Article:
Art/ Collection/ Art Object

Frame Drum

19th century
United States
Native American (Dakota)
wood, various materials
D. 3 9/16 × Head Diam. 16 9/16 × Max. Diam. 18 11/16 × Stick L.18 11/16 in. (9 × 42 × 47.5 × 47.5 cm)
Membranophone-single-headed / frame drum
Credit Line:
The Crosby Brown Collection of Musical Instruments, 1889
Accession Number:
89.4.560a, b
Not on view
Several techniques are employed to secure the stretched, Native-tanned leather drumhead to the bent wooden frame of this drum. The hand-carved wooden spikes are inserted through the sidewall of the frame, as well as the stretched edges of the hide. Additionally, leather strips are laced through slits cut near the edges of the stretched skin on the underside of the drum, with reinforced leather radii in six places. The drumhead painting depicts a buffalo, an integral aspect of life on the Great Plains. Oral traditions link the life and survival of the Plains people to the buffalo. For this reason, much generational trauma exists as a direct result of the booming European fur trade of the late eighteenth and nineteenth centuries. The attached drum beater has a stuffed leather head with red-dyed quill pattern evoking the four cardinal directions.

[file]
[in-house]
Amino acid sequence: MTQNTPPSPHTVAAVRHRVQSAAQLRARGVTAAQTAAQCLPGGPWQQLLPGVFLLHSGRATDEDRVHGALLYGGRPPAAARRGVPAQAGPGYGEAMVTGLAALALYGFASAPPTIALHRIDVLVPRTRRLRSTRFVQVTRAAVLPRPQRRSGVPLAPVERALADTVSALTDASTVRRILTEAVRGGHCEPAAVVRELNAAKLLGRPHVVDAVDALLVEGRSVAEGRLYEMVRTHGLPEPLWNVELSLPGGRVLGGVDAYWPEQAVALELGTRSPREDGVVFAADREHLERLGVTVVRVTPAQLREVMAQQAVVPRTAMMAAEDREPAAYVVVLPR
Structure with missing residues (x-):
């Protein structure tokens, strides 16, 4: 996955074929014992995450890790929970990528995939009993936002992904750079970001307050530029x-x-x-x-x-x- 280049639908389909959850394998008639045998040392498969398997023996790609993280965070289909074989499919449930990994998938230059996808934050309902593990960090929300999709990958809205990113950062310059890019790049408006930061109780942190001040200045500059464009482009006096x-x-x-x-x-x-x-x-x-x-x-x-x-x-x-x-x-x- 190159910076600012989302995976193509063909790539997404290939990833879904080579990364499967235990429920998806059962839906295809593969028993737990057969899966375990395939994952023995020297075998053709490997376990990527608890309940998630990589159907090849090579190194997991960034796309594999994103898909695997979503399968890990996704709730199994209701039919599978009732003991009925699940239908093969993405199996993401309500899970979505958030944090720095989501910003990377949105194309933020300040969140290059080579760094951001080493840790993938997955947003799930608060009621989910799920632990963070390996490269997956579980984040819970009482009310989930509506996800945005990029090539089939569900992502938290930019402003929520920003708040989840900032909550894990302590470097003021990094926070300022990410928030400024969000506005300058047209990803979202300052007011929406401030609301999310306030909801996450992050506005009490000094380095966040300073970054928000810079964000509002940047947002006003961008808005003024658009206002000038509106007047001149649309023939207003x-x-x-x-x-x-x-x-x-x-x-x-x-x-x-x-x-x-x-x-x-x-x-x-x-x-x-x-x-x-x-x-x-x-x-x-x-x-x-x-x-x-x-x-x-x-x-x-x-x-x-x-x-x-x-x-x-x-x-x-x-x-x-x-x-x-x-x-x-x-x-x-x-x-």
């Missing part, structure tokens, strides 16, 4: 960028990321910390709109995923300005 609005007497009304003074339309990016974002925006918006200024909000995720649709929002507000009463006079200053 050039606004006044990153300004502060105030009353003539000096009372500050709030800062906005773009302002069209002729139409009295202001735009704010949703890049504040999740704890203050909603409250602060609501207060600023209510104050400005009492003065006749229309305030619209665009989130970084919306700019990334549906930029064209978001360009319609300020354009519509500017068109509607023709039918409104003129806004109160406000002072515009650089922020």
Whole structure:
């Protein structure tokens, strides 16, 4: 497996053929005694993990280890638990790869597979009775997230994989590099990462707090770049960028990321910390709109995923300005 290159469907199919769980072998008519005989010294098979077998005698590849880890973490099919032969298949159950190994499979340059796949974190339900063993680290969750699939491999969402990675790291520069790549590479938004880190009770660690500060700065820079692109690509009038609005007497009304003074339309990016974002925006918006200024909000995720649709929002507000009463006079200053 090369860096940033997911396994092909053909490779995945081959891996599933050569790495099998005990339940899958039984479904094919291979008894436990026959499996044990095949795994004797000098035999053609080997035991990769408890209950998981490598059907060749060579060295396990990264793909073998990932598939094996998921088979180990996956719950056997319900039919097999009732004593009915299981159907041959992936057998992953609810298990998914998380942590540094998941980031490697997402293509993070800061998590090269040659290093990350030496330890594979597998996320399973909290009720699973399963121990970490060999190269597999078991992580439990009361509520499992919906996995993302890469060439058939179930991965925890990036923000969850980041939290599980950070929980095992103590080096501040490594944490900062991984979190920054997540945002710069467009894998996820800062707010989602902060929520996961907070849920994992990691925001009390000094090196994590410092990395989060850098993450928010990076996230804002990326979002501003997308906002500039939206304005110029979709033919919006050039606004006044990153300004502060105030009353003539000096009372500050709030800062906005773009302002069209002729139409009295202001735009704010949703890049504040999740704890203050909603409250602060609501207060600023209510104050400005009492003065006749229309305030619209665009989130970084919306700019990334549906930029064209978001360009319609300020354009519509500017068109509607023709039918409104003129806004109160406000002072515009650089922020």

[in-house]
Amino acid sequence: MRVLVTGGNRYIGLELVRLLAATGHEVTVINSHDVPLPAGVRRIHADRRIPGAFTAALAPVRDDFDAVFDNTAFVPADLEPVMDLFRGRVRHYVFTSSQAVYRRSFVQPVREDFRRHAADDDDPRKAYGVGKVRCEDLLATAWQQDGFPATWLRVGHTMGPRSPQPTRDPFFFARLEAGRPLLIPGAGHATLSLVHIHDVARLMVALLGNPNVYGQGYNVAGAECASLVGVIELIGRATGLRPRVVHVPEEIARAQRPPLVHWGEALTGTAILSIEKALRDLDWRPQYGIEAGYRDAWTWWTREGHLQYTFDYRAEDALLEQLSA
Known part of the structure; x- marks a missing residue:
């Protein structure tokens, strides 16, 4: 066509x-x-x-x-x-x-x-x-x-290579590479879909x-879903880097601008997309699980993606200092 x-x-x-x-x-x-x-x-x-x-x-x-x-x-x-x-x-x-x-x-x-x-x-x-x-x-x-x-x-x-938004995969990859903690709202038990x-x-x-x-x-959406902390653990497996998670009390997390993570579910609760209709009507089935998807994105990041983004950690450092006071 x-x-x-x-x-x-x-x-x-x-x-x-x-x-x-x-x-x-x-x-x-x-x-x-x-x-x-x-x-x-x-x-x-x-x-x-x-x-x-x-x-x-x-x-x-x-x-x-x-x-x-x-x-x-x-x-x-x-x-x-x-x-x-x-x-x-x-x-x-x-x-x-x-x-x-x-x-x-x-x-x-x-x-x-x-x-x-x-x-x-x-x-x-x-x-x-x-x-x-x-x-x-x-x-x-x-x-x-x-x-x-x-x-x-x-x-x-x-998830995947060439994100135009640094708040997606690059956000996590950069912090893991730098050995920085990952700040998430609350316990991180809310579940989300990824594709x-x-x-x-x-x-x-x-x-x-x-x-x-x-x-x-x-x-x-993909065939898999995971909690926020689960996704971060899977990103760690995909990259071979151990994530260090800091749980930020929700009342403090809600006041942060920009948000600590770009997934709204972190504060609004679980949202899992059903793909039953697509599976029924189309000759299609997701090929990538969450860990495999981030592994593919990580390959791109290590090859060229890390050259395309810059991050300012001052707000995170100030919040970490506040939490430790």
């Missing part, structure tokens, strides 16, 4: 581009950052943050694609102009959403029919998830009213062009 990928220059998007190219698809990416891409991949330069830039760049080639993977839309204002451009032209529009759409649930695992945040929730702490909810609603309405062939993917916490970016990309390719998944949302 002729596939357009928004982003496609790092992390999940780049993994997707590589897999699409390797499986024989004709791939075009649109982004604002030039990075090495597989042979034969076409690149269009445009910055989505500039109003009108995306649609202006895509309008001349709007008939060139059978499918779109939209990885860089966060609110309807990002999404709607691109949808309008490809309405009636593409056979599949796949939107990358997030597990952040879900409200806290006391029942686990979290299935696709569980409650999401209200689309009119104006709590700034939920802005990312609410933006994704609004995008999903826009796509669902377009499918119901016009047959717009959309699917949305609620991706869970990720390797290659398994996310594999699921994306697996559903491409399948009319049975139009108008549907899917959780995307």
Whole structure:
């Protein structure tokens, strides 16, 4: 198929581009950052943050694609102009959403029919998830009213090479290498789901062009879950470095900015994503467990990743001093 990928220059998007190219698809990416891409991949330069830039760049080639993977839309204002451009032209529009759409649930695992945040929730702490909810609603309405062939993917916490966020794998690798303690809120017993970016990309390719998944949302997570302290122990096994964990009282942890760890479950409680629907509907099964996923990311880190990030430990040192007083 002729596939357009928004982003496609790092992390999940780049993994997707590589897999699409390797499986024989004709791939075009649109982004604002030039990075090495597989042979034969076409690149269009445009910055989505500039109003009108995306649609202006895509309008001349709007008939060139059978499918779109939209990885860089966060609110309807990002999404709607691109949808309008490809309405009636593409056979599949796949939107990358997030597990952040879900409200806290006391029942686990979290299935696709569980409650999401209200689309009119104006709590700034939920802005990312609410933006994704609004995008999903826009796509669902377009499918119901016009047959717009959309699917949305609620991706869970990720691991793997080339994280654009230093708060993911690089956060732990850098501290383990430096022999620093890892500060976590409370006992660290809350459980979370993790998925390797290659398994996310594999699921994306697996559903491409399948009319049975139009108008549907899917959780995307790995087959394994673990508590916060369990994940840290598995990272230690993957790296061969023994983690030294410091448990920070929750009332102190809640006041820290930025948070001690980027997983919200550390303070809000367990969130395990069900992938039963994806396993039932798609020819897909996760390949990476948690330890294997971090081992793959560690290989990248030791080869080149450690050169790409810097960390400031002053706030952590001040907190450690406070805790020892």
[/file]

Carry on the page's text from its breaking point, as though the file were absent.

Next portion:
Mary Elizabeth Adams Brown
Catalogue of the Crosby Brown Collection of Musical Instruments: Oceanica and America. The Metropolitan Museum of Art. New York, 1913, vol. II, pg. 131, ill.

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